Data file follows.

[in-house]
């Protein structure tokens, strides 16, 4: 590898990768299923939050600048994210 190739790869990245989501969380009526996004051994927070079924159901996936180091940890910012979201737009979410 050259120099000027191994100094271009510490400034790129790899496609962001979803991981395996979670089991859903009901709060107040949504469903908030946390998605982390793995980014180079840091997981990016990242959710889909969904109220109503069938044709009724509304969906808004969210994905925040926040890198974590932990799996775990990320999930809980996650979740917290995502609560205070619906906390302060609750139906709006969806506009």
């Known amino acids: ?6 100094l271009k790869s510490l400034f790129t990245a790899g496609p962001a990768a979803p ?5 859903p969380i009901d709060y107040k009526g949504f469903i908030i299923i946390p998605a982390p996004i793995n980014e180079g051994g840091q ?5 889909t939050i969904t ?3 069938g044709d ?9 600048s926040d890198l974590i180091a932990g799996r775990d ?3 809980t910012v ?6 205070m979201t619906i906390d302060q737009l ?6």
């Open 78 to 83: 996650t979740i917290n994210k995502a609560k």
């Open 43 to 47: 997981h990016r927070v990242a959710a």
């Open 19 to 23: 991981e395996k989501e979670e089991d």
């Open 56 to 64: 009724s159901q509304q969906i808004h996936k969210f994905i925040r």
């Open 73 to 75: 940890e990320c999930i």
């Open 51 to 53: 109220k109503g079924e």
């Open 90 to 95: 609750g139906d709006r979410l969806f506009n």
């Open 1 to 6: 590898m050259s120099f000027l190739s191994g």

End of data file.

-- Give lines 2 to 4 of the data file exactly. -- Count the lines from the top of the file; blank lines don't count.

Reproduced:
């Protein structure tokens, strides 16, 4: 590898990768299923939050600048994210 190739790869990245989501969380009526996004051994927070079924159901996936180091940890910012979201737009979410 050259120099000027191994100094271009510490400034790129790899496609962001979803991981395996979670089991859903009901709060107040949504469903908030946390998605982390793995980014180079840091997981990016990242959710889909969904109220109503069938044709009724509304969906808004969210994905925040926040890198974590932990799996775990990320999930809980996650979740917290995502609560205070619906906390302060609750139906709006969806506009």
């Known amino acids: ?6 100094l271009k790869s510490l400034f790129t990245a790899g496609p962001a990768a979803p ?5 859903p969380i009901d709060y107040k009526g949504f469903i908030i299923i946390p998605a982390p996004i793995n980014e180079g051994g840091q ?5 889909t939050i969904t ?3 069938g044709d ?9 600048s926040d890198l974590i180091a932990g799996r775990d ?3 809980t910012v ?6 205070m979201t619906i906390d302060q737009l ?6």
């Open 78 to 83: 996650t979740i917290n994210k995502a609560k």